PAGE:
the United Nations. In a report issued last year, the UN said the
    practice is reminiscent of the “selective killing” that was carried out
    by the military during the 30-year civil war here that ended in 1996.
    The death toll from the war is estimated to be more than 200,000, with
    more than 90 per cent of the killings committed by the government.

    UN concedes that most of the more than 6,000 homicides that occur in
    Guatemala each year remain unsolved. But it has also concluded that
    police and soldiers are certainly responsible for many of the arbitrary
    homicides of so-called undesirables – a group that also includes gang
    members, prostitutes, homosexuals and transvestites.But it is not only
    police death squads carrying out random killings. It is also members of
    the public.Lynchings of suspected gang members or petty thieves have
    become common, especially in indigenous areas of the country. Fed up
    with an inept and corrupt police force, Guatemalans are increasingly
    taking the law into their own hands. It is their own form of social
    cleansing.Javier Monterroso, director of the Institute of Comparative
    Penal Studies, said in an interview here that there are groups now
    selling social cleansing services. One such group calls itself the
    Justice Angels. Its members even have business cards. The Justice
    Angels work mainly at a market here called the Terminal.”The Justice
    Angels will take care of anyone suspected of stealing from any of the
    merchants, and by ‘take care of’ I mean kill,” Mr. Monterroso said.
    “The police know what is going on but they turn a blind eye to their
    activities. It saves them work.”After the killing of three Salvadoran
    congressmen last year by what turned out to be four corrupt members of
    the Guatemalan National Civil Police, it was reported that there are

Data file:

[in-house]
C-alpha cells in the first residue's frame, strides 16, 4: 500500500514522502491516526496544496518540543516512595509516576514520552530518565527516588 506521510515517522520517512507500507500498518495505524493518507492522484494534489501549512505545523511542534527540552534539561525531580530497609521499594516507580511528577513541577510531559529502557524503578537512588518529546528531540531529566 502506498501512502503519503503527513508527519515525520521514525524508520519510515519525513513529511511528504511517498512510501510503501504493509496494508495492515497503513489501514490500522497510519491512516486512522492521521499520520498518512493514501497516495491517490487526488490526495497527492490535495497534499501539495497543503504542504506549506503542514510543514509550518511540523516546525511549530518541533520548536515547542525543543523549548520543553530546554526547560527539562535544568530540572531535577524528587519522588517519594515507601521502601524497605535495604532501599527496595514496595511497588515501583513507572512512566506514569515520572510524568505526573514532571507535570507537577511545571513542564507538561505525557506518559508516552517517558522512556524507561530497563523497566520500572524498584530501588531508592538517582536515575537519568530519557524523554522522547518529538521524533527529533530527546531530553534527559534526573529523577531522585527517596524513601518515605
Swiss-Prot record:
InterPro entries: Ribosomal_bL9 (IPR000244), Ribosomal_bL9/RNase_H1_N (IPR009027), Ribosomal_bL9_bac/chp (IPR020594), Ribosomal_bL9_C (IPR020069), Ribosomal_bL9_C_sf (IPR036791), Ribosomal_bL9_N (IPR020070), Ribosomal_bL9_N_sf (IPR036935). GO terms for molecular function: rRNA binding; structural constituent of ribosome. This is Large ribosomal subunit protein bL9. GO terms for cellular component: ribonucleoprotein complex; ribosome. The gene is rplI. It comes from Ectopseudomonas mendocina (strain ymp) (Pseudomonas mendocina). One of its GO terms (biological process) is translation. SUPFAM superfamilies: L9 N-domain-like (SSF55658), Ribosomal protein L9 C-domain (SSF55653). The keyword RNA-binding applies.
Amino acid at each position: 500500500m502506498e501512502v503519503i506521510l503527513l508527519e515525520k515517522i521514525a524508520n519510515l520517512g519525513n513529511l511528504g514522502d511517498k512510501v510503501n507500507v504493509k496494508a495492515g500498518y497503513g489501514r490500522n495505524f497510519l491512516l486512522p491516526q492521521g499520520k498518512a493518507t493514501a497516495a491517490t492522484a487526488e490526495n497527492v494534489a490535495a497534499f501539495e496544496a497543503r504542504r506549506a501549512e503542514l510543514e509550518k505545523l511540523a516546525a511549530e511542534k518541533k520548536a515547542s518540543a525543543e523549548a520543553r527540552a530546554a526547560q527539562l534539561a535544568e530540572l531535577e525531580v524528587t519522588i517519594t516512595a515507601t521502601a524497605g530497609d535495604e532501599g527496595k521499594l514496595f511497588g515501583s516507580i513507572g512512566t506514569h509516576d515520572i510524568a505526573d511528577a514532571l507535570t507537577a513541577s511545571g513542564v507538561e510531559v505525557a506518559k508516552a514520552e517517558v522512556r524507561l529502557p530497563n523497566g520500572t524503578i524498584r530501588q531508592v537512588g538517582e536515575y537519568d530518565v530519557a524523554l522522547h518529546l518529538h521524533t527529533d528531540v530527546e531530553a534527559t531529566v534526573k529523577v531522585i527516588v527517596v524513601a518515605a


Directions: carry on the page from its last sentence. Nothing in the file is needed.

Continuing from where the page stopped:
eight squads, each with five members, within the police currently
    engaged in social cleansing activities, Mr. Monterroso says.In his
    report on the situation, UN envoy Philip Alston says that in a typical
    social cleansing scenario, police recruit an informant, promising
    amnesty from prosecution in exchange for information about the
    activities and whereabouts of gang members and other criminals.”Police
    will then drive to the location, typically without uniforms and in an
    unmarked car, apprehend the person identified by the informant and kill
    him or her at another location,” Mr. Alston writes in his report.

    recent nationwide survey indicated Guatemalans support the concept of
    social cleansing in overwhelming numbers – nearly 80 per cent.”Because
    they are terrified, depressed and disenchanted with the justice system
    and they think that social cleansing will help this problem,” Mr.
    Monterroso says.Back on the streets, meantime, in another
    neighbourhood, 12-year-old Edwin Cabrera shows off his war wound. He
    was shot in the leg by someone whose house he approached in the hopes
    of getting some food.”I just knocked on the door and the man pulled out
    a gun and shot me in the leg,” Edwin says. He, too, is sniffing a rag
    doused in ink toner. He’s been doing it since he was 9, he says. That’s
    when he left home because he was being beaten.He is wearing a baseball
    hat backward. His dark pants look like they’ve never been washed. But
    when he smiles he has perfect white teeth that glisten in the sun.Does
    he worry about being killed”Sure,” he says, sounding much older than
    his age. “But what am I going to do? The street is my home.”Then he
    buries his nose in the rag.